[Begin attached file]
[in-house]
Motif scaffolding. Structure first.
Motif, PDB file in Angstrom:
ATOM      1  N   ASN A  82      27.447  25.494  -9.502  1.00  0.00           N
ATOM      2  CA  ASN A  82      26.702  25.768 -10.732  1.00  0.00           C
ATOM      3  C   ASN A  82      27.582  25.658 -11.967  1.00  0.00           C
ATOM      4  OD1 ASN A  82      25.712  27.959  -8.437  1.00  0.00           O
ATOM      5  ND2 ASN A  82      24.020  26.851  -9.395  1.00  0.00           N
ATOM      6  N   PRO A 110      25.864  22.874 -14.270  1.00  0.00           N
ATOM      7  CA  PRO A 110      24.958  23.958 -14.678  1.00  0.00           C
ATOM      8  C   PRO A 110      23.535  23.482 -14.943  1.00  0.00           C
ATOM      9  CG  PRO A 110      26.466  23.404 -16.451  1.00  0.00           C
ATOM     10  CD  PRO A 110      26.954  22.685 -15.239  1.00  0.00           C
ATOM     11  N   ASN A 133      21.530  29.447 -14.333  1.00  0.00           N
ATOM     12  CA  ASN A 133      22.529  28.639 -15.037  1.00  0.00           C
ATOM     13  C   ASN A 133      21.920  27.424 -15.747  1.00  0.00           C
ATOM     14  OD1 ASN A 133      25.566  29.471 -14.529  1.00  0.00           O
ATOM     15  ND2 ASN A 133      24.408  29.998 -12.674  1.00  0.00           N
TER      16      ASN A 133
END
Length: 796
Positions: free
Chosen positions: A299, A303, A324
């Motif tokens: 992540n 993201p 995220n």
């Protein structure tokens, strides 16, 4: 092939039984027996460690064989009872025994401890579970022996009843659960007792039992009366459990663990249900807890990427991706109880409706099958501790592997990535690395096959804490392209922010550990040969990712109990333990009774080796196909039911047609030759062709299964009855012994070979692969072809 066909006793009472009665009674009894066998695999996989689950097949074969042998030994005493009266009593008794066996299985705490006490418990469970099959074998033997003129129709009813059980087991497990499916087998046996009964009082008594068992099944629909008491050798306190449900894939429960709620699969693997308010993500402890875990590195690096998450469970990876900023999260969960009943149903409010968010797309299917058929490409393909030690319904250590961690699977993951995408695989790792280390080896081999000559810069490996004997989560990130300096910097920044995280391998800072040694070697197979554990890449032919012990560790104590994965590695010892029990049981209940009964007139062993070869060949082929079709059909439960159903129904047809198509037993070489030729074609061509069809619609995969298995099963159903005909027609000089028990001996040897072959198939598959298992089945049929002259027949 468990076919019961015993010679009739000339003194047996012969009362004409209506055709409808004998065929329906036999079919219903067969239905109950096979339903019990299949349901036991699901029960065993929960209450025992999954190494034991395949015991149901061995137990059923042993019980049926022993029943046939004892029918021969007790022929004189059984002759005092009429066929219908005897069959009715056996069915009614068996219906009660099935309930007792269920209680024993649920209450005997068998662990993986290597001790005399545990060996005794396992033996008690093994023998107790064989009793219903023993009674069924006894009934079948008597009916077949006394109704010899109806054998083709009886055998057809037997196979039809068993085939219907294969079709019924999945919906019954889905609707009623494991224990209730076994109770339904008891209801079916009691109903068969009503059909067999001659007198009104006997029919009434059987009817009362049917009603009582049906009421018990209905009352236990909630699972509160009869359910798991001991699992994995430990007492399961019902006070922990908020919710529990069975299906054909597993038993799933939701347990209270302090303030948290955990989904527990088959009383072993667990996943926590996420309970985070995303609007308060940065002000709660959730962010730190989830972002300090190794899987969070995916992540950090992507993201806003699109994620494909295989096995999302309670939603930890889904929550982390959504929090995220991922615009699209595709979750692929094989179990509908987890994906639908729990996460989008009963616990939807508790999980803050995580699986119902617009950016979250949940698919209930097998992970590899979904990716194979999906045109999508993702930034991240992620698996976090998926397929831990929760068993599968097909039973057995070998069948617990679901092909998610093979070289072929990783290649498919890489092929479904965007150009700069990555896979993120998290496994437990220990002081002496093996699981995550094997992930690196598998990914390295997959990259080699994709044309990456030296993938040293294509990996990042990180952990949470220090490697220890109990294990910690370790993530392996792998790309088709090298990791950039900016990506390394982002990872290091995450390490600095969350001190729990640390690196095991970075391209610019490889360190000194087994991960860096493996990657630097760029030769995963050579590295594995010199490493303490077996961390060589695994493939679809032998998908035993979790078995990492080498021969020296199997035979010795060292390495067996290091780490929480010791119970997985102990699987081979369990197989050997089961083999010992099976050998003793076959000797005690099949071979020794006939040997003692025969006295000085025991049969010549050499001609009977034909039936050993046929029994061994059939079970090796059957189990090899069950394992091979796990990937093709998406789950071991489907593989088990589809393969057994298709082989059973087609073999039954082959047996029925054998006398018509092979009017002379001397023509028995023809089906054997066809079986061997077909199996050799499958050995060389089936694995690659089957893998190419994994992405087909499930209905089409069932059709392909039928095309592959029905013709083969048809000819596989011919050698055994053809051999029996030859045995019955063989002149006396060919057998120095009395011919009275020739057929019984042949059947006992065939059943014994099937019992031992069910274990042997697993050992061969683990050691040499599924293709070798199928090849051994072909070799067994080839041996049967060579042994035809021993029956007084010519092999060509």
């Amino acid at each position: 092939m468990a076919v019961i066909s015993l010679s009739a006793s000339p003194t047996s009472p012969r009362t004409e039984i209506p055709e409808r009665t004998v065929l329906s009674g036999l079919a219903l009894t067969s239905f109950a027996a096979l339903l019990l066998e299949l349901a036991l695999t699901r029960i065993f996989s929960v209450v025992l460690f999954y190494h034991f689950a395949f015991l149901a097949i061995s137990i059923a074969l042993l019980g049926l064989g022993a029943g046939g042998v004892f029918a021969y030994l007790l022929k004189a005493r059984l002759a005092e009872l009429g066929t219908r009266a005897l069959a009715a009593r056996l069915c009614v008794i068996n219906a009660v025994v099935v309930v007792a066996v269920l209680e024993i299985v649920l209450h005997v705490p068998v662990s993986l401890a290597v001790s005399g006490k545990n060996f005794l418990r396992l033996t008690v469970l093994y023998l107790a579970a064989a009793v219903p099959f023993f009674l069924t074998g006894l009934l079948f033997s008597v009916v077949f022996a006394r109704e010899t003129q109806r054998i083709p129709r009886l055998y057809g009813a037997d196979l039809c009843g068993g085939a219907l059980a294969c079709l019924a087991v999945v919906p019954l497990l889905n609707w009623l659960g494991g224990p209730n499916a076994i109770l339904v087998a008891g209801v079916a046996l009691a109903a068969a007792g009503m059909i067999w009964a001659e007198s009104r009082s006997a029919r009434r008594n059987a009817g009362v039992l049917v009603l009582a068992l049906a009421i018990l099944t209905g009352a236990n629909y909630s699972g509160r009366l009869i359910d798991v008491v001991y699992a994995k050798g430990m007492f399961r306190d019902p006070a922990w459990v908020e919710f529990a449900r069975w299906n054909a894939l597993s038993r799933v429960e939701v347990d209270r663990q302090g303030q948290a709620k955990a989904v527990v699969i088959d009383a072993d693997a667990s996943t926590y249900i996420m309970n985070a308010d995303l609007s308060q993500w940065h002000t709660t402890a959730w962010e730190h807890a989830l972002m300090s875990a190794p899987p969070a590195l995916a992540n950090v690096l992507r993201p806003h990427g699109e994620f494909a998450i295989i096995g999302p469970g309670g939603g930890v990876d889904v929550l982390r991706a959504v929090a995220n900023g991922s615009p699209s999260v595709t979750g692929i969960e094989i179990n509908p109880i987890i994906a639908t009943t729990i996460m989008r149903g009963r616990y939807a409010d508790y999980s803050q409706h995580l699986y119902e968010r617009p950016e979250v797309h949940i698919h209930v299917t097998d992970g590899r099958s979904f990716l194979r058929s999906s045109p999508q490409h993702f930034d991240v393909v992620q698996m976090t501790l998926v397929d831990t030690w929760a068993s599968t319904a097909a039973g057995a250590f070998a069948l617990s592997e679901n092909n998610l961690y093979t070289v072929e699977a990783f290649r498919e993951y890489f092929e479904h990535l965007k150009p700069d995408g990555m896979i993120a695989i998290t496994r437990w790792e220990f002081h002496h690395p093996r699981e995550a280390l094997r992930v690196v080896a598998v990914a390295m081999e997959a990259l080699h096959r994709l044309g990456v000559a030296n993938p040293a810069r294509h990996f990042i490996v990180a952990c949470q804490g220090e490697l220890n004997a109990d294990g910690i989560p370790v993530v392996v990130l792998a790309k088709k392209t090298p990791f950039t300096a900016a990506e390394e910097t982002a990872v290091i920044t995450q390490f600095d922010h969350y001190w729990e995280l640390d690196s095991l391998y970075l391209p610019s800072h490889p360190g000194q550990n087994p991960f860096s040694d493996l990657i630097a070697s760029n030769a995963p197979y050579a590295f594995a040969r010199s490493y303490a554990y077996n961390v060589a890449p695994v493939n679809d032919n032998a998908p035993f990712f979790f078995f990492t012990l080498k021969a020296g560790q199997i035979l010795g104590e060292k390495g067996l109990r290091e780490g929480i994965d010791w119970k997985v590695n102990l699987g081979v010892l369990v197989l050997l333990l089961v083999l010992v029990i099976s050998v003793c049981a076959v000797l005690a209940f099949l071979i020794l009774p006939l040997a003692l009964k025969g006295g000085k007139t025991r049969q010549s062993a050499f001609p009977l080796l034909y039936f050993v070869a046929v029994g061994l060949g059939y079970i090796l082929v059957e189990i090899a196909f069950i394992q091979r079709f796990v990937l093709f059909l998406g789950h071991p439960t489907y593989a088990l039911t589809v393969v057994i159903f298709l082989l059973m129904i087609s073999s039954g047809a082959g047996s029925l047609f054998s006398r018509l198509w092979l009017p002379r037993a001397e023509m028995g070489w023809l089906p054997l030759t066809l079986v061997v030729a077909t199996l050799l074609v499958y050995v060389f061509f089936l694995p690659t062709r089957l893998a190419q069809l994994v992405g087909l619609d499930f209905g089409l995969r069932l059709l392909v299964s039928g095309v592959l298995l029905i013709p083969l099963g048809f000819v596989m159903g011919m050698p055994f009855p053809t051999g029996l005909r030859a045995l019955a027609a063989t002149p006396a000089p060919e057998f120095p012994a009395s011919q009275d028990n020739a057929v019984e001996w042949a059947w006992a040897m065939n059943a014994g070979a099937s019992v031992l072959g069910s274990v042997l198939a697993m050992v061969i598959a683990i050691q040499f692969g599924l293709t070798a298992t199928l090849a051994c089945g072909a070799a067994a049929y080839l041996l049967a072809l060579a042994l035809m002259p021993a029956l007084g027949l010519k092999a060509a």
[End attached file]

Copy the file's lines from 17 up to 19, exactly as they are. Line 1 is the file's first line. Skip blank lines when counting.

ATOM     14  OD1 ASN A 133      25.566  29.471 -14.529  1.00  0.00           O
ATOM     15  ND2 ASN A 133      24.408  29.998 -12.674  1.00  0.00           N
TER      16      ASN A 133